- Breaking the Fourth Wall gets a rare serious example in Thor: Season One. The Fates address the reader directly, telling them that if they want to change their fate as Thor did, they cannot do it alone.
- Only Known by Their Nickname is used for drama with Soundwave in The Transformers: Robots in Disguise. "Soundwave" isn't his real name, it's the name he took after he got his powers under control. Because of his severe synesthesia he can't even remember his real name.
- Acquired Situational Narcissism is used for drama in Bound (How to Train Your Dragon). After getting a taste of praise for his ingenuity with the success of the fire prevention system, Hiccup ends up inventing behind Astrid's back and constructs the Mangler. Not only does this violate the deal he had made with Astrid (he stops inventing, she teaches him how to wield a weapon), but it ends with Hiccup's reputation spiraling right back down to square one with the unfortunate collateral damage caused by the Monstrous Nightmare he inadvertently attracts.
- Adaptational Modesty is played for drama in Fairy Tail: Re-Written with Lucy. Her attempts to wear more revealing outfits like in canon are hindered by self-doubt and feeling slut-shamed by her father and his more toxic business partners. At most she can wear a skirt that reaches to her mid-thighs and a top that gently hugs her curves.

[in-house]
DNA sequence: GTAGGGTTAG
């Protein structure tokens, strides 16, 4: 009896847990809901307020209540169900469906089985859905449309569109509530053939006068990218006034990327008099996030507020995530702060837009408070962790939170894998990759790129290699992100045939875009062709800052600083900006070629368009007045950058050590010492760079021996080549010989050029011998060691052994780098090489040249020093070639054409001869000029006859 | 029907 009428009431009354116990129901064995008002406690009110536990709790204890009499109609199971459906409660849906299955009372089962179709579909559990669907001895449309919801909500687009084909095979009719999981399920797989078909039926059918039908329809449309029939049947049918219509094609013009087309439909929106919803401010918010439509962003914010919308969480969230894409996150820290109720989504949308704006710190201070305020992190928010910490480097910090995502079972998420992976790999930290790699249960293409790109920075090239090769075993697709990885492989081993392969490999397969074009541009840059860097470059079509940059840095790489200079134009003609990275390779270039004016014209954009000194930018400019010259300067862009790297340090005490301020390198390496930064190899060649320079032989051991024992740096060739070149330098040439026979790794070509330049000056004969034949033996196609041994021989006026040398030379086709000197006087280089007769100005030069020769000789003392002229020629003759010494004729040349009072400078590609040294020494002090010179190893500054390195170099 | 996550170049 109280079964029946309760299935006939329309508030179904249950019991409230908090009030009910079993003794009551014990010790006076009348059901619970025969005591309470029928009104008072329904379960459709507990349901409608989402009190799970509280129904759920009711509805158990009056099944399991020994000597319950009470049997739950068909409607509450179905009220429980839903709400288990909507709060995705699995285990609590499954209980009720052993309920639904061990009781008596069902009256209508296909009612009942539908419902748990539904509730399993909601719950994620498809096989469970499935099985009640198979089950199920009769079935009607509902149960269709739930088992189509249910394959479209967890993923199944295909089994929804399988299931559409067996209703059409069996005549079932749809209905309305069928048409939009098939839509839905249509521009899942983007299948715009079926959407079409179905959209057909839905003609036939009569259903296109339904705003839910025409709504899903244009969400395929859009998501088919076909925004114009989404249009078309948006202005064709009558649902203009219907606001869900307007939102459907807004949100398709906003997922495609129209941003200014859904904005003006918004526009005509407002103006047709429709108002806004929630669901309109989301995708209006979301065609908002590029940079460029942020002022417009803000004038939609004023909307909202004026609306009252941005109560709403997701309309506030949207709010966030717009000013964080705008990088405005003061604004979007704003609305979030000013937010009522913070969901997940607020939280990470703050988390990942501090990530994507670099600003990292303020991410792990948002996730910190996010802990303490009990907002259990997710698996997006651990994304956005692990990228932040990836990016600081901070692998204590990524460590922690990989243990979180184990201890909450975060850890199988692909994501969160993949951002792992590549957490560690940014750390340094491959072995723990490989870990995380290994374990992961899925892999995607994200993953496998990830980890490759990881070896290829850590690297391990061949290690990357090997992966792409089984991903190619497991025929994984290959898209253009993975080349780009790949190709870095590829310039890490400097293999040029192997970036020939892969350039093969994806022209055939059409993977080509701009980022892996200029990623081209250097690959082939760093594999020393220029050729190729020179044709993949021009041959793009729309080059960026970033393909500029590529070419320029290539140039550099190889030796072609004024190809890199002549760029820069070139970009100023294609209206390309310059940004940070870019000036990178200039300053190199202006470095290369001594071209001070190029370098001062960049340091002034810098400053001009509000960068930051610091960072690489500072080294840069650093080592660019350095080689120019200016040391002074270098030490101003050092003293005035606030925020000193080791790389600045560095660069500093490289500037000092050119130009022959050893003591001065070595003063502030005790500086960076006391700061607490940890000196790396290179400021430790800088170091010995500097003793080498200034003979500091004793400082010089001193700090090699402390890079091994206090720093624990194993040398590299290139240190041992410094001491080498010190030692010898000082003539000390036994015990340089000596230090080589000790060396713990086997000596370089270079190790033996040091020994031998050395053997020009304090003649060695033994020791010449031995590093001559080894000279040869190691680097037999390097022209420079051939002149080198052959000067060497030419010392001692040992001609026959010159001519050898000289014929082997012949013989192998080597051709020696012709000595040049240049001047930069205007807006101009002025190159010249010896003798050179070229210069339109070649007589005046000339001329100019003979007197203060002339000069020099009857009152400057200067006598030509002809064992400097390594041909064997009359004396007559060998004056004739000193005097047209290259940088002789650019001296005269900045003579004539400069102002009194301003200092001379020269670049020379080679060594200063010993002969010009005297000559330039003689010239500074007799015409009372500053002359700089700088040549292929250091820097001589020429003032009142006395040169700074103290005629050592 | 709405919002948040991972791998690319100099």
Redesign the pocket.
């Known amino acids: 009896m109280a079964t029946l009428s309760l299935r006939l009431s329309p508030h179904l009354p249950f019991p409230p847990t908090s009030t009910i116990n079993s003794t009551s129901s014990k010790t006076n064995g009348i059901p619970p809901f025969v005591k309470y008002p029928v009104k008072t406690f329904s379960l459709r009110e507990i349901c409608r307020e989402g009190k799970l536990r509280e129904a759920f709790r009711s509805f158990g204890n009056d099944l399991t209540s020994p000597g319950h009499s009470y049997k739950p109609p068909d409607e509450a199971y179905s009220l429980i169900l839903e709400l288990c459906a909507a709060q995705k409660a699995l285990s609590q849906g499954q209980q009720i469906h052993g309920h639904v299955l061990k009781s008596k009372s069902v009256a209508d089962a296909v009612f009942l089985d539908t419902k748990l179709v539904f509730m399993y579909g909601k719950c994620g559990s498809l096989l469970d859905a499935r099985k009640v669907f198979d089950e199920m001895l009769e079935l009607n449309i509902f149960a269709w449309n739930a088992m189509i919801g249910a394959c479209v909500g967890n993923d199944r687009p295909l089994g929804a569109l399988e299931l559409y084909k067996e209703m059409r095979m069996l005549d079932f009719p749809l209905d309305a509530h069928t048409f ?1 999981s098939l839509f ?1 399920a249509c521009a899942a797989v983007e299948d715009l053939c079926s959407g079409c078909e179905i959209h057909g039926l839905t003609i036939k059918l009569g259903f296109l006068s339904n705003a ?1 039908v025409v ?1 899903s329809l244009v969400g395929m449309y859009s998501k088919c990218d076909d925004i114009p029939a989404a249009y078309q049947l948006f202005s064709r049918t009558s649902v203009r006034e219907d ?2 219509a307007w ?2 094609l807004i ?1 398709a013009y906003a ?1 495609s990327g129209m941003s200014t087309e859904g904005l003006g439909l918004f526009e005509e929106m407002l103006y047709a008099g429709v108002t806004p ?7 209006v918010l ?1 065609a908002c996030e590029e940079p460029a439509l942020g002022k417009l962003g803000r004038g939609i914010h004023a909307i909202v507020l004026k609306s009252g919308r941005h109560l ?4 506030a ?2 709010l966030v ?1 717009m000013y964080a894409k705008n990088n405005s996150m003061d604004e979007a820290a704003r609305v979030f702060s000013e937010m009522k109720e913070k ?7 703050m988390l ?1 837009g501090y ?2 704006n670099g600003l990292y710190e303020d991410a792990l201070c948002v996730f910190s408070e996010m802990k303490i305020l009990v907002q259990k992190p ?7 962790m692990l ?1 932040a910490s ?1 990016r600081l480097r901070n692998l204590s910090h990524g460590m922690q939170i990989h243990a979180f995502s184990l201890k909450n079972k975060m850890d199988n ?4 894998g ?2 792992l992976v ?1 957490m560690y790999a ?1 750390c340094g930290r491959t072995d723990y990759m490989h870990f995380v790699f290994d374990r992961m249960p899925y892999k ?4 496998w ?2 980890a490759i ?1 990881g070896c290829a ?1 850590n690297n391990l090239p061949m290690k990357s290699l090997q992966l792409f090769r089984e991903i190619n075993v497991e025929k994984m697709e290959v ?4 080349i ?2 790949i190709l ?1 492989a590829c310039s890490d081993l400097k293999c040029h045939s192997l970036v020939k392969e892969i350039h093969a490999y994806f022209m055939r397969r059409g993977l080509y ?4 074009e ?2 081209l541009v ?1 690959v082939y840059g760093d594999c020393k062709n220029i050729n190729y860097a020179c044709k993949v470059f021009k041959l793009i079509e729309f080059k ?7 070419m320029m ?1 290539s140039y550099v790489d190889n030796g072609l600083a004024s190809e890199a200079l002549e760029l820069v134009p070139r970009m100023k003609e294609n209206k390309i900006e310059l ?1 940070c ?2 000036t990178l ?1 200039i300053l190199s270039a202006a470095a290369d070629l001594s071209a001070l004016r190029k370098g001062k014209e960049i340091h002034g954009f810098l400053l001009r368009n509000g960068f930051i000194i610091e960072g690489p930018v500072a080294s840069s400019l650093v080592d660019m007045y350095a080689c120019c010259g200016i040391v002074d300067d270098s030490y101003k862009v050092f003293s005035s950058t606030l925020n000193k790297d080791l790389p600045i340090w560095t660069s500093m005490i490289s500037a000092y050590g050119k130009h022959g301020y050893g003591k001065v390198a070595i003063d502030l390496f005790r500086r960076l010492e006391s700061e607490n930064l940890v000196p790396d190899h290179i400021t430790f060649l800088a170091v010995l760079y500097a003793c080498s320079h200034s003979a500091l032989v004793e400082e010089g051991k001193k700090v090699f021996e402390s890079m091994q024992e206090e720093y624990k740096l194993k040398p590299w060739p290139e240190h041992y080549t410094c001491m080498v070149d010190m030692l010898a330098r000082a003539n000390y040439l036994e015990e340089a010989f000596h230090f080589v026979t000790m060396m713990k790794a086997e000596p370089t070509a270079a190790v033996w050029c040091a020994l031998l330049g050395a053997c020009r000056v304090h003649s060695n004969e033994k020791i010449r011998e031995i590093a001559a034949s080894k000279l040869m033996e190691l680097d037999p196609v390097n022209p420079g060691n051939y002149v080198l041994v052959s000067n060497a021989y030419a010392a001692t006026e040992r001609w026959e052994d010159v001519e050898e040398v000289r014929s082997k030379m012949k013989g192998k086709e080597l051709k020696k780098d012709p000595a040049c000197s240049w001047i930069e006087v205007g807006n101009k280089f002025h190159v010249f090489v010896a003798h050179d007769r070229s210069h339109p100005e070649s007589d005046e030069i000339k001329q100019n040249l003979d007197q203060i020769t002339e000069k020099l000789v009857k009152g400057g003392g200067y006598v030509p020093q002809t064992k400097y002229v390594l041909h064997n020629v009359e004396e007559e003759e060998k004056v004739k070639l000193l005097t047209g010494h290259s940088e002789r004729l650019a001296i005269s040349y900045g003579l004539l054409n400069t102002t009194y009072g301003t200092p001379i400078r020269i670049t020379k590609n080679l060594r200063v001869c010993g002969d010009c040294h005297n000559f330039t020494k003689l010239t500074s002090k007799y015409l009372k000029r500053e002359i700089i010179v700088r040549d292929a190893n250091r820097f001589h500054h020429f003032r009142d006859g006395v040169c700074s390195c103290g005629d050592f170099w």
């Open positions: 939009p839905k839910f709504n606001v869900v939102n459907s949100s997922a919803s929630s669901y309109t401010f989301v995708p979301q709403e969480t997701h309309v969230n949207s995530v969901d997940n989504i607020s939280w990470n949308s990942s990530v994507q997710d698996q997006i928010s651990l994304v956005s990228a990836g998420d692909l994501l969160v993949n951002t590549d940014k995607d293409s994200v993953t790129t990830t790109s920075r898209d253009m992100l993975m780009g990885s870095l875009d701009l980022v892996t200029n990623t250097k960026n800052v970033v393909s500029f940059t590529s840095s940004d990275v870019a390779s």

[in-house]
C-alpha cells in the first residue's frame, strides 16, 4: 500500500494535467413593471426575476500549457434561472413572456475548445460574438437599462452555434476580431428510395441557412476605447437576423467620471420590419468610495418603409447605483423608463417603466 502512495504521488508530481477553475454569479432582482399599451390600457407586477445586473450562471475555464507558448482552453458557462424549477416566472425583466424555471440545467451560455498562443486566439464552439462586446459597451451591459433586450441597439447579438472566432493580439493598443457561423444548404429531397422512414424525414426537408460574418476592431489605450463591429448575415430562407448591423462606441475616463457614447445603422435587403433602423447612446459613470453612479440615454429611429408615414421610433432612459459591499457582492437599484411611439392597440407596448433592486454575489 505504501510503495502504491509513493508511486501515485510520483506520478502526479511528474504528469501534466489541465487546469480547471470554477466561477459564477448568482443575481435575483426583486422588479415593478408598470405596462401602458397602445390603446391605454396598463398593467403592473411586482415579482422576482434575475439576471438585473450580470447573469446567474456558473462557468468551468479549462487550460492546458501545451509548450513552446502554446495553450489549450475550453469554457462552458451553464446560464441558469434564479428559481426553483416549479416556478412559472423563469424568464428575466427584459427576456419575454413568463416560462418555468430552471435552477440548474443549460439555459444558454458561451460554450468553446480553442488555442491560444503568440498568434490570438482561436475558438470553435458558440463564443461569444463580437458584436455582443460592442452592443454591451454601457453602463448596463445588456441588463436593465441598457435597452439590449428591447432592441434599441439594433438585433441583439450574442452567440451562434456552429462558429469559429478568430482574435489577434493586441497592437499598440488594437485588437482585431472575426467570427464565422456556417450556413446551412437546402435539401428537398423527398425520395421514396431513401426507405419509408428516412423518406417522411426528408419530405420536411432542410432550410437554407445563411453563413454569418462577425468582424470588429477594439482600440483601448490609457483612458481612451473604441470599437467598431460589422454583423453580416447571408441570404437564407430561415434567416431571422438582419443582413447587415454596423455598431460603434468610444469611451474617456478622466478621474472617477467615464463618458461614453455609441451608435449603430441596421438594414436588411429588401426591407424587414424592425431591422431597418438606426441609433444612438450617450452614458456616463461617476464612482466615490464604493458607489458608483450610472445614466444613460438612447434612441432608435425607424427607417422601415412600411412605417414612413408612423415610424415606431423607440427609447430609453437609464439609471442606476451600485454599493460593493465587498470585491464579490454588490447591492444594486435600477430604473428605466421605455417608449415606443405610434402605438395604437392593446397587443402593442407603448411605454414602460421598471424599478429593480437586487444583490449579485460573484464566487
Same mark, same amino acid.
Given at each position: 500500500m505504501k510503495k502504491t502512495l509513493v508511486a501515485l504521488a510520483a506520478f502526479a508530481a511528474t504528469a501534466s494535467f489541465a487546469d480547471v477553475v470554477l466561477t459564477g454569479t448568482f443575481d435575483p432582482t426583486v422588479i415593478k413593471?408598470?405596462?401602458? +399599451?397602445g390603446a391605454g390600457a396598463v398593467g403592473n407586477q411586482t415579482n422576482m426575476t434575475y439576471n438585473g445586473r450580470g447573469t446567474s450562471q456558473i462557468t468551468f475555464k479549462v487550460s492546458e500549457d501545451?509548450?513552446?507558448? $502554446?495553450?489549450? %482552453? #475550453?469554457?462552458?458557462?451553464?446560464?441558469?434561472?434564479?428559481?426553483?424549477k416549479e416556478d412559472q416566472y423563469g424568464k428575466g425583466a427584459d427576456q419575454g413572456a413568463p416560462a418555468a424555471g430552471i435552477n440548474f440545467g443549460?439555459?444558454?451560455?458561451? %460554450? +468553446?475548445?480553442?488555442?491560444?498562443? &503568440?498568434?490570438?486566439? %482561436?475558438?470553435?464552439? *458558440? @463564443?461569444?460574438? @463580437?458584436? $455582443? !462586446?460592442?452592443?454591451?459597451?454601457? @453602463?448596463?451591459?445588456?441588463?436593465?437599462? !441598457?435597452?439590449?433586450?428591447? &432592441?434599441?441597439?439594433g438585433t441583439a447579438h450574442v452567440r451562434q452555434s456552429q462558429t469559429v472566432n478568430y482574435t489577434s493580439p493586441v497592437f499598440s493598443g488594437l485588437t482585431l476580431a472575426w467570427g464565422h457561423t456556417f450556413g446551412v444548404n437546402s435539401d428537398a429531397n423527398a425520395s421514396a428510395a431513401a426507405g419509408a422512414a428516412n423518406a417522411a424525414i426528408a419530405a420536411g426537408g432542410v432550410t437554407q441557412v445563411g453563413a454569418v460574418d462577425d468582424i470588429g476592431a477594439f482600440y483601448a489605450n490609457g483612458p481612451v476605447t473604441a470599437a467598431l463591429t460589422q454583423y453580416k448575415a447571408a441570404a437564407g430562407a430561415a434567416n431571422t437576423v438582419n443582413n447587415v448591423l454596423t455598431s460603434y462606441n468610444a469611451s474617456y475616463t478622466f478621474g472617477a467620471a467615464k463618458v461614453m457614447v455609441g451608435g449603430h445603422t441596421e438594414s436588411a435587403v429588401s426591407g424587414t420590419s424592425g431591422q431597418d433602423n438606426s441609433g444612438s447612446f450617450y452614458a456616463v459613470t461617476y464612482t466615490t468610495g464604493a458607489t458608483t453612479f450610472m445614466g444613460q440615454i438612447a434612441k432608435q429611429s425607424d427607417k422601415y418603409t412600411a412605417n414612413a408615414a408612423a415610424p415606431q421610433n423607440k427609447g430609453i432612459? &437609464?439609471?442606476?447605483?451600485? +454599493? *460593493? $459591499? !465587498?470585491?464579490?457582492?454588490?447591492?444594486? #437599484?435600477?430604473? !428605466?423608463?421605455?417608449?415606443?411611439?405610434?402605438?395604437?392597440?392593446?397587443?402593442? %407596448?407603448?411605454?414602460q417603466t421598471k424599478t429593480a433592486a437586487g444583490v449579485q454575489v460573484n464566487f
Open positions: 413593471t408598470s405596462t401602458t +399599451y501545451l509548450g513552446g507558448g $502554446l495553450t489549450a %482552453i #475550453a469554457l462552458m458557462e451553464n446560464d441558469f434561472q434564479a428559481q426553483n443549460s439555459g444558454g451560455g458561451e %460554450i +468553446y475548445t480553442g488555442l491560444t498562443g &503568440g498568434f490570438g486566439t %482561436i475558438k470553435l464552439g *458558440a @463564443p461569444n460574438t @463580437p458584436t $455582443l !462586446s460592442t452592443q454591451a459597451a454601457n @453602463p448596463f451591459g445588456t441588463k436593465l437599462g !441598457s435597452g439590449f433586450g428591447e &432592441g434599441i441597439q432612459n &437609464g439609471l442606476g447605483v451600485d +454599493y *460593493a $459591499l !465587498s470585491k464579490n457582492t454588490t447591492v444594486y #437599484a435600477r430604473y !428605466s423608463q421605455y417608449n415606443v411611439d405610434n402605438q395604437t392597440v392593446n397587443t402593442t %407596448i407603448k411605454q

- The Flash Sentry Chronicles uses the Accidental Pervert trope for drama in "Spike’s Heartbreak". The chapter begins with Spike hoping to spend some time with Rarity, but when he gets to her boutique, he accidentally walks in on Rarity and Lightning Blitz ‘expressing themselves’. Spike at first thinks that Lightning is forcing himself on Rarity, and attacks him, only for Rarity to pull Spike off of Lightning and explains that she and Lightning are in a relationship.
- Infinity Train: Blossoming Trail plays Shipper on Deck for drama. When Gladion wound up on the Train, Mallow was the only one who was worried about his disappearance. Unfortunately, her friends blow this off, joking about her having a crush — when Mallow asks how they would have reacted if she vanished, Lana suggests "Elopement", pushing her past her Rage Breaking Point and sparking off a furious dressing-down.
- Pokémon Reset Bloodlines: